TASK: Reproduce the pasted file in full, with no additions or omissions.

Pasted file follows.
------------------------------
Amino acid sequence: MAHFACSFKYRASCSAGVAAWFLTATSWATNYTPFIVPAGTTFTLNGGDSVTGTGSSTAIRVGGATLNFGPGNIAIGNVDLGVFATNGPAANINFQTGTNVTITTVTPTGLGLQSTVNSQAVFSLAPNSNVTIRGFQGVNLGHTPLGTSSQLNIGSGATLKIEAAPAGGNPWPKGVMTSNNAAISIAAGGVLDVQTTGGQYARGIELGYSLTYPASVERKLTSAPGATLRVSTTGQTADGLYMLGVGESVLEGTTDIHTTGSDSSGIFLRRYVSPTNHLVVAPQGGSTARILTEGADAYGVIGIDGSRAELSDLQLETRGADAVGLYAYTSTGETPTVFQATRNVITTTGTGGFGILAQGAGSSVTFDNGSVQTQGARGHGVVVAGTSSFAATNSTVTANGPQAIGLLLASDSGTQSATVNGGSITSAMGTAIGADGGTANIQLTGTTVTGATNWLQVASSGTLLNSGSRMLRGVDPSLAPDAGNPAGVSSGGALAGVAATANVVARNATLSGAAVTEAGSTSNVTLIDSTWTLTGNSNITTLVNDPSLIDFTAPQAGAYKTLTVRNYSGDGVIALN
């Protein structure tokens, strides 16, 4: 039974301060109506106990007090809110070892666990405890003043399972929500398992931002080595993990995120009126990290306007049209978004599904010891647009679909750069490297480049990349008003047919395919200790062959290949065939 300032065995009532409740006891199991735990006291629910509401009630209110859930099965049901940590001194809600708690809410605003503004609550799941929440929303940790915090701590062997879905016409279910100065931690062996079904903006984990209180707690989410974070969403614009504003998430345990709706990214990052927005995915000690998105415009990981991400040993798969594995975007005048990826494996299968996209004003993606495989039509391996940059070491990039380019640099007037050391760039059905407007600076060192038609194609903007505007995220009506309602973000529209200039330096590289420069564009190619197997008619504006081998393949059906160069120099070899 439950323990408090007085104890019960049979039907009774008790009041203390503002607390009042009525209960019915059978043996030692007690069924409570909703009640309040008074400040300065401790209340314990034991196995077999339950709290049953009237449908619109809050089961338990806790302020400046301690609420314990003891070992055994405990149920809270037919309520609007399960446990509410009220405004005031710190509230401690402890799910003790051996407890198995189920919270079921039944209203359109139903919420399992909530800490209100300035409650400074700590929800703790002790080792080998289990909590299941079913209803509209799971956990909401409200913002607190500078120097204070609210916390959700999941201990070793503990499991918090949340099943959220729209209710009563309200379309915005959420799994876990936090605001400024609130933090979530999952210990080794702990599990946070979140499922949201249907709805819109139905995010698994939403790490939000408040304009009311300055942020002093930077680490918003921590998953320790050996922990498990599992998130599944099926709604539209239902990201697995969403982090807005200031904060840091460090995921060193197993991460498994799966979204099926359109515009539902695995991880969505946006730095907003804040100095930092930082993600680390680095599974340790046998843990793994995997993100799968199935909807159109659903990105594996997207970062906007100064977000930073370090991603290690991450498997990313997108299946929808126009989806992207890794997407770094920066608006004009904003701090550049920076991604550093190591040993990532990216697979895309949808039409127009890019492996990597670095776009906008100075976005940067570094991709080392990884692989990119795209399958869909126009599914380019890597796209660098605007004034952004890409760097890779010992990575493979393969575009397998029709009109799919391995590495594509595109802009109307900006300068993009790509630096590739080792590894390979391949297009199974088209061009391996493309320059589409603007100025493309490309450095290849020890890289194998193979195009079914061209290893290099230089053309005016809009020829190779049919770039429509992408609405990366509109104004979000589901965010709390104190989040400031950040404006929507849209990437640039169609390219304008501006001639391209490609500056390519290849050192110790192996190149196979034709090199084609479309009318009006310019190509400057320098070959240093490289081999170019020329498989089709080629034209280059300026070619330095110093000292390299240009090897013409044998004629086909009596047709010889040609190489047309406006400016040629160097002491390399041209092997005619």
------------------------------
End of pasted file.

Amino acid sequence: MAHFACSFKYRASCSAGVAAWFLTATSWATNYTPFIVPAGTTFTLNGGDSVTGTGSSTAIRVGGATLNFGPGNIAIGNVDLGVFATNGPAANINFQTGTNVTITTVTPTGLGLQSTVNSQAVFSLAPNSNVTIRGFQGVNLGHTPLGTSSQLNIGSGATLKIEAAPAGGNPWPKGVMTSNNAAISIAAGGVLDVQTTGGQYARGIELGYSLTYPASVERKLTSAPGATLRVSTTGQTADGLYMLGVGESVLEGTTDIHTTGSDSSGIFLRRYVSPTNHLVVAPQGGSTARILTEGADAYGVIGIDGSRAELSDLQLETRGADAVGLYAYTSTGETPTVFQATRNVITTTGTGGFGILAQGAGSSVTFDNGSVQTQGARGHGVVVAGTSSFAATNSTVTANGPQAIGLLLASDSGTQSATVNGGSITSAMGTAIGADGGTANIQLTGTTVTGATNWLQVASSGTLLNSGSRMLRGVDPSLAPDAGNPAGVSSGGALAGVAATANVVARNATLSGAAVTEAGSTSNVTLIDSTWTLTGNSNITTLVNDPSLIDFTAPQAGAYKTLTVRNYSGDGVIALN
């Protein structure tokens, strides 16, 4: 039974301060109506106990007090809110070892666990405890003043399972929500398992931002080595993990995120009126990290306007049209978004599904010891647009679909750069490297480049990349008003047919395919200790062959290949065939 300032065995009532409740006891199991735990006291629910509401009630209110859930099965049901940590001194809600708690809410605003503004609550799941929440929303940790915090701590062997879905016409279910100065931690062996079904903006984990209180707690989410974070969403614009504003998430345990709706990214990052927005995915000690998105415009990981991400040993798969594995975007005048990826494996299968996209004003993606495989039509391996940059070491990039380019640099007037050391760039059905407007600076060192038609194609903007505007995220009506309602973000529209200039330096590289420069564009190619197997008619504006081998393949059906160069120099070899 439950323990408090007085104890019960049979039907009774008790009041203390503002607390009042009525209960019915059978043996030692007690069924409570909703009640309040008074400040300065401790209340314990034991196995077999339950709290049953009237449908619109809050089961338990806790302020400046301690609420314990003891070992055994405990149920809270037919309520609007399960446990509410009220405004005031710190509230401690402890799910003790051996407890198995189920919270079921039944209203359109139903919420399992909530800490209100300035409650400074700590929800703790002790080792080998289990909590299941079913209803509209799971956990909401409200913002607190500078120097204070609210916390959700999941201990070793503990499991918090949340099943959220729209209710009563309200379309915005959420799994876990936090605001400024609130933090979530999952210990080794702990599990946070979140499922949201249907709805819109139905995010698994939403790490939000408040304009009311300055942020002093930077680490918003921590998953320790050996922990498990599992998130599944099926709604539209239902990201697995969403982090807005200031904060840091460090995921060193197993991460498994799966979204099926359109515009539902695995991880969505946006730095907003804040100095930092930082993600680390680095599974340790046998843990793994995997993100799968199935909807159109659903990105594996997207970062906007100064977000930073370090991603290690991450498997990313997108299946929808126009989806992207890794997407770094920066608006004009904003701090550049920076991604550093190591040993990532990216697979895309949808039409127009890019492996990597670095776009906008100075976005940067570094991709080392990884692989990119795209399958869909126009599914380019890597796209660098605007004034952004890409760097890779010992990575493979393969575009397998029709009109799919391995590495594509595109802009109307900006300068993009790509630096590739080792590894390979391949297009199974088209061009391996493309320059589409603007100025493309490309450095290849020890890289194998193979195009079914061209290893290099230089053309005016809009020829190779049919770039429509992408609405990366509109104004979000589901965010709390104190989040400031950040404006929507849209990437640039169609390219304008501006001639391209490609500056390519290849050192110790192996190149196979034709090199084609479309009318009006310019190509400057320098070959240093490289081999170019020329498989089709080629034209280059300026070619330095110093000292390299240009090897013409044998004629086909009596047709010889040609190489047309406006400016040629160097002491390399041209092997005619």